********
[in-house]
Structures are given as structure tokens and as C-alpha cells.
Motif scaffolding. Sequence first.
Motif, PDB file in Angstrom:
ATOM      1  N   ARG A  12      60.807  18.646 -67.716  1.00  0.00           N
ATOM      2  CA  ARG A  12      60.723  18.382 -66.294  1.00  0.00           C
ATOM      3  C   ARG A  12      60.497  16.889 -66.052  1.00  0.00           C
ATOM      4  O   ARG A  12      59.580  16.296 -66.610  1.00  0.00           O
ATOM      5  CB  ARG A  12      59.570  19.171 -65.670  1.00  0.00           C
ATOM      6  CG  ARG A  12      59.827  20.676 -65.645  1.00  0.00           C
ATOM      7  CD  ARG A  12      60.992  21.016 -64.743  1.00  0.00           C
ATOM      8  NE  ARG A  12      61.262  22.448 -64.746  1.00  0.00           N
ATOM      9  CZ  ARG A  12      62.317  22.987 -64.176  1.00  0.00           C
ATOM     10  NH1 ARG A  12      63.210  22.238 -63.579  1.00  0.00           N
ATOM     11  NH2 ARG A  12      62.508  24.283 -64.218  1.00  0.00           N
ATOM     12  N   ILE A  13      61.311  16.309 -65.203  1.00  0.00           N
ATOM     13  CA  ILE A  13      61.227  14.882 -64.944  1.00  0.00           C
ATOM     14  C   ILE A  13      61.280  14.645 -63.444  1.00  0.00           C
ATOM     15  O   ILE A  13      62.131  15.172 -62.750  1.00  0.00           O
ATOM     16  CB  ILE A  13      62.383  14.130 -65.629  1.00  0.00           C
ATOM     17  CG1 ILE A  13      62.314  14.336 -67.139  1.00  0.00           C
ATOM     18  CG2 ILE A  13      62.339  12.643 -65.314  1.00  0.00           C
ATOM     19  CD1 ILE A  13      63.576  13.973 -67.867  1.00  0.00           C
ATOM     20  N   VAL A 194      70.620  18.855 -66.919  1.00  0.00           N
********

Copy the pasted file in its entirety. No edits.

[in-house]
Structures are given as structure tokens and as C-alpha cells.
Motif scaffolding. Sequence first.
Motif, PDB file in Angstrom:
ATOM      1  N   ARG A  12      60.807  18.646 -67.716  1.00  0.00           N
ATOM      2  CA  ARG A  12      60.723  18.382 -66.294  1.00  0.00           C
ATOM      3  C   ARG A  12      60.497  16.889 -66.052  1.00  0.00           C
ATOM      4  O   ARG A  12      59.580  16.296 -66.610  1.00  0.00           O
ATOM      5  CB  ARG A  12      59.570  19.171 -65.670  1.00  0.00           C
ATOM      6  CG  ARG A  12      59.827  20.676 -65.645  1.00  0.00           C
ATOM      7  CD  ARG A  12      60.992  21.016 -64.743  1.00  0.00           C
ATOM      8  NE  ARG A  12      61.262  22.448 -64.746  1.00  0.00           N
ATOM      9  CZ  ARG A  12      62.317  22.987 -64.176  1.00  0.00           C
ATOM     10  NH1 ARG A  12      63.210  22.238 -63.579  1.00  0.00           N
ATOM     11  NH2 ARG A  12      62.508  24.283 -64.218  1.00  0.00           N
ATOM     12  N   ILE A  13      61.311  16.309 -65.203  1.00  0.00           N
ATOM     13  CA  ILE A  13      61.227  14.882 -64.944  1.00  0.00           C
ATOM     14  C   ILE A  13      61.280  14.645 -63.444  1.00  0.00           C
ATOM     15  O   ILE A  13      62.131  15.172 -62.750  1.00  0.00           O
ATOM     16  CB  ILE A  13      62.383  14.130 -65.629  1.00  0.00           C
ATOM     17  CG1 ILE A  13      62.314  14.336 -67.139  1.00  0.00           C
ATOM     18  CG2 ILE A  13      62.339  12.643 -65.314  1.00  0.00           C
ATOM     19  CD1 ILE A  13      63.576  13.973 -67.867  1.00  0.00           C
ATOM     20  N   VAL A 194      70.620  18.855 -66.919  1.00  0.00           N